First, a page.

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    GEC REVIEW, VOL. 11, NO. 1, 1996

    Guglielmo Marconi and Early Systems of Wireless Communication

    by R. W. SIMONS, OBE, C.Eng., F.I.E.E., M.I.Mgt.,

    formerly at Marconi Radar Systems

    This paper is based on a lecture given in 1984

    by the author when Chairman of the South East

    Centre of the Institution of Electrical Engineers.

    It has been revised and is published here

    as a contribution to the Marconi Centenary

    celebrations currently taking place.

    The description of Marconi as `the Father of

    Wireless' is attributed to Aleksandr Popov

    (1859-1906), the contemporary Russian Scientist,

    who was one of the many people studying the

    work of Hertz in the latter part of the last century.

    Having spent over forty years in the Marconi

    Company, I came to realise that I did not know very

    much about Marconi himself (fig. 1), or the origins

    of the technique of wireless communication. I soon

    discovered that I was not alone in my lack of

    1 Guglielmo Marconi, 1874–1937

    R. W. Simons joined Marconi's Wireless

    Telegraph Company in 1943 as a member of the

    Research Division. After an initial period

    developing special receivers for wartime

    direction�finding systems, he worked exclusively

    on military and civil radar systems until his

    retirement in 1986. He was the first Technical

    Director of the newly�formed Marconi Radar

    Systems Ltd. in 1969 and in the subsequent

    years he took responsibility for all Company

    development at both Chelmsford and Leicester,

    as well as - for a period - all Company

    production. Latterly he had direct control of the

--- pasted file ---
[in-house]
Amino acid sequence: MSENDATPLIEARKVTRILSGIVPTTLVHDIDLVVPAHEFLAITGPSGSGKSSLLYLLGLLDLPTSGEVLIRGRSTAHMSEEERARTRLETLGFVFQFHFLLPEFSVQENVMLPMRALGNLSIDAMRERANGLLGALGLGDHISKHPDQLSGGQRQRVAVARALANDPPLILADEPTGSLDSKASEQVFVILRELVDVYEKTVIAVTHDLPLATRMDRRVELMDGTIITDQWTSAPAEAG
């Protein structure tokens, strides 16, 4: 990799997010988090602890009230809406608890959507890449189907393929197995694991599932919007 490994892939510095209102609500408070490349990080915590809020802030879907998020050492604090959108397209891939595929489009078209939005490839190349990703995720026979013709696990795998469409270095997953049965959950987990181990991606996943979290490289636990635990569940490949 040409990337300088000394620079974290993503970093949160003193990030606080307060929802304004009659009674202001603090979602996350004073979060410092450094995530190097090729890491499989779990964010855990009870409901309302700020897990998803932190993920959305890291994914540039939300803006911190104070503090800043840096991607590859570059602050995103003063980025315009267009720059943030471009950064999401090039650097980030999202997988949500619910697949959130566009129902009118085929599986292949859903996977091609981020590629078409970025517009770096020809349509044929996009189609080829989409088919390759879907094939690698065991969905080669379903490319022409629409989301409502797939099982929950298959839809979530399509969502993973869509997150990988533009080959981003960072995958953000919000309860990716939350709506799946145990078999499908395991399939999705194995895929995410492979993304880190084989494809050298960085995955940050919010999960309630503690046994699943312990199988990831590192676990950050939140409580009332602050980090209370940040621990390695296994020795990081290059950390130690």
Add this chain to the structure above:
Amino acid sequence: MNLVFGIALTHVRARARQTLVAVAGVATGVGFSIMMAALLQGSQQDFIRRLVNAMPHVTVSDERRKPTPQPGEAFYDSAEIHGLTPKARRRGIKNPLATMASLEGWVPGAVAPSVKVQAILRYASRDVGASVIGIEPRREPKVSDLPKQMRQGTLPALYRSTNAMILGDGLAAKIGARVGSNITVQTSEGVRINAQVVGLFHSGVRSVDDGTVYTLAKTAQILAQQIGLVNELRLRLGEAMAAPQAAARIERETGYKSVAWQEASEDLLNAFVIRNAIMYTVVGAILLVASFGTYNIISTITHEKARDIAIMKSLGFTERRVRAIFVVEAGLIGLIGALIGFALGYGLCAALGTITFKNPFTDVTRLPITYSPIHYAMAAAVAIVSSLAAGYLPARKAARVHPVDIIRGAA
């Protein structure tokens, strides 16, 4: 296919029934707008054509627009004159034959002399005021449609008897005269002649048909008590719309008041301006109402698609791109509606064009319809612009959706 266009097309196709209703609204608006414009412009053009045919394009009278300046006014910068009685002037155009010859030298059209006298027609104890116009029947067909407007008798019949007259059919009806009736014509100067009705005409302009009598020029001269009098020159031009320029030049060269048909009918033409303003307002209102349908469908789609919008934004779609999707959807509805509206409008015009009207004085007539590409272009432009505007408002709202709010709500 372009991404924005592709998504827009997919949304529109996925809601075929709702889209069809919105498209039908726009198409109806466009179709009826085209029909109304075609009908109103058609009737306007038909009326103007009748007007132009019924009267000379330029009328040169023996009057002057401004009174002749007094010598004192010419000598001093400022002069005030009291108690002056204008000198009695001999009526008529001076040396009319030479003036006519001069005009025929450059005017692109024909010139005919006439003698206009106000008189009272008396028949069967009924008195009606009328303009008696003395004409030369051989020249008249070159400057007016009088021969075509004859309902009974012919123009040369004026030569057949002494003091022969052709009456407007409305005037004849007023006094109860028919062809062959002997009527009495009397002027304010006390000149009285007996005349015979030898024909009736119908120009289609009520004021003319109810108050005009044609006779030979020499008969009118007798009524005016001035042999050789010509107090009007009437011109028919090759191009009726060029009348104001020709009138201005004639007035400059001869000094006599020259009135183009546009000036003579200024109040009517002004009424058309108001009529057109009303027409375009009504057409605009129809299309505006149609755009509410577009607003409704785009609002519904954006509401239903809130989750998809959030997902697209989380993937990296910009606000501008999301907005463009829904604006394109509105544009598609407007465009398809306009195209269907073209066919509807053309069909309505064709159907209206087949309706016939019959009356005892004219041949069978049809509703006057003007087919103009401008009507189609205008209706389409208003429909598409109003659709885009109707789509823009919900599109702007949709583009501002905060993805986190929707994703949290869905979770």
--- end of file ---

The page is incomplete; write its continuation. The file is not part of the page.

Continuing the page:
Radar Research Laboratory at Baddow.

    knowledge about the man, and also that the

    modern Electronic Engineer has never heard of

    `syntony', or of a `coherer', or of a `jigger'. Names

    and words that have passed out of the technical

    vocabulary. This paper describes some of the work

    carried out during the pioneering days of wireless

    communication with particular reference to

    Marconi and the Company that subsequently car�

    ried his name. In addition to the technical aspects

    of this work there is some insight into the commer�

    cial difficulties that Marconi had to face, as well as

    quotations from many of his contemporaries.

    Archive Material

    I have had the privilege of access to the archives

    of the Marconi Company, which are carefully pre�

    served at Great Baddow, Chelmsford, and which

    give a relatively complete and formal record of the

    early progress of the Company. Some of the

    archives are very frustrating, as often only one side

    of a series of letters has been retained and it is

    necessary to guess the other part.

    One of the largest parts of this store of informa�

    tion is the 150 or so large volumes of press cuttings.

    These were started in 1897 when the daily national

    and local newspapers and technical journals,

    both in the UK and overseas, were read and

    extracts taken. More recently (and they are still

    maintained), because of the impossibility of deal�

    ing with the vast amount of technical material cur�

    rently being generated, the extracts are much

    more mundane.

    Because of the completeness of these records of

    press material, it is possible to read the daily inter�

    change that was vigorously fought on the claims of

    various protagonists, about who did - and who did

    not - originate a particular improvement.

    There are hundreds of photographs of people,

    places and equipment, regrettably some of these

    will never be properly identified and catalogued.

  • R. W. SIMONS38

    GEC REVIEW, VOL. 11, NO. 1, 1996

    As the archives are not only of Marconi, but of

    the Marconi Company, there are Company

    records from the earliest days, including, for

    example, the first staff book, which contains some

    very well�known names, and the manufacturing

    drawings of the earliest production equipment.

    One should realise that, because there were no

    copying machines, each `copy' is an original


    There are also copies of handbooks, catalogues

    and even of advertisements - Marconi's used to

    advertise in those days!

    There is plenty of technical library material,

    including a full set of the `Marconigraph' which

    was published by the Company and became the

    `Wireless World' in 1913. The American Marconi